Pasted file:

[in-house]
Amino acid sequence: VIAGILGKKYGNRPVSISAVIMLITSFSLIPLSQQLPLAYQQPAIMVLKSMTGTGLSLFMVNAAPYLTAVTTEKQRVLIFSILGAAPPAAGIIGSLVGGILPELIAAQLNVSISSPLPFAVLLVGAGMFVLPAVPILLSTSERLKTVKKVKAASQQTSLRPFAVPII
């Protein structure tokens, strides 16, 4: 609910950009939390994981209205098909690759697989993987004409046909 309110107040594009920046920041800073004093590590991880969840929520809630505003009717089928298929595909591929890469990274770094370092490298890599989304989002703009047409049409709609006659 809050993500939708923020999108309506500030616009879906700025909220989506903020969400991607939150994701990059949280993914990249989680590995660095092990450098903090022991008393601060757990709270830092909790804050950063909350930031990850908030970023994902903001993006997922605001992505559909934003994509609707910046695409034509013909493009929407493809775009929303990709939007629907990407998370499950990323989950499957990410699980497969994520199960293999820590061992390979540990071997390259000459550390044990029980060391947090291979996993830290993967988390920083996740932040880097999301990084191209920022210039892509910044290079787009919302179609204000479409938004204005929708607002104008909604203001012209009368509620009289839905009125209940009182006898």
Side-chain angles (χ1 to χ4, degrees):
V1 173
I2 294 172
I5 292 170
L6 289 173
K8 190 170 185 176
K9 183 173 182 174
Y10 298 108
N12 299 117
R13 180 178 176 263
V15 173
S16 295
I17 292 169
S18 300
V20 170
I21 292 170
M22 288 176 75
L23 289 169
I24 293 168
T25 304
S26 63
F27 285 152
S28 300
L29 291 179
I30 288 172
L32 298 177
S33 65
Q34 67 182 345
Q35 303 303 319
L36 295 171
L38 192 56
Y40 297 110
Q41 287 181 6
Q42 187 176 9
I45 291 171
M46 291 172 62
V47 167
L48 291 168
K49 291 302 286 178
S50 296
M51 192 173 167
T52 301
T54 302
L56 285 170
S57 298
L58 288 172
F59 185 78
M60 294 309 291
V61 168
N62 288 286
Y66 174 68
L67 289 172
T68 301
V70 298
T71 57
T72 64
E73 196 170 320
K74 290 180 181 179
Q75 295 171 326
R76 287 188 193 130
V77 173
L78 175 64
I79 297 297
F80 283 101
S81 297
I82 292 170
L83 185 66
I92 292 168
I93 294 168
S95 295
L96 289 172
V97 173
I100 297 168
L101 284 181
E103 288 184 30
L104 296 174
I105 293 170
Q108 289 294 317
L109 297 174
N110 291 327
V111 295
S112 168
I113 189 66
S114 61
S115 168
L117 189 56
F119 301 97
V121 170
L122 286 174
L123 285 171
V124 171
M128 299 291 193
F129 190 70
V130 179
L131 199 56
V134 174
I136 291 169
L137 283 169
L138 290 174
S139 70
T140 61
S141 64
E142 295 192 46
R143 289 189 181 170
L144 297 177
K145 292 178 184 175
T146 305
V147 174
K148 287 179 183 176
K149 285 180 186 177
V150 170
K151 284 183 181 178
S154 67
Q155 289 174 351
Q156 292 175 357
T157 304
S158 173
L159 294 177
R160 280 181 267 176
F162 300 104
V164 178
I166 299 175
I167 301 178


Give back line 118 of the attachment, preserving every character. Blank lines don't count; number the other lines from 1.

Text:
Q156 292 175 357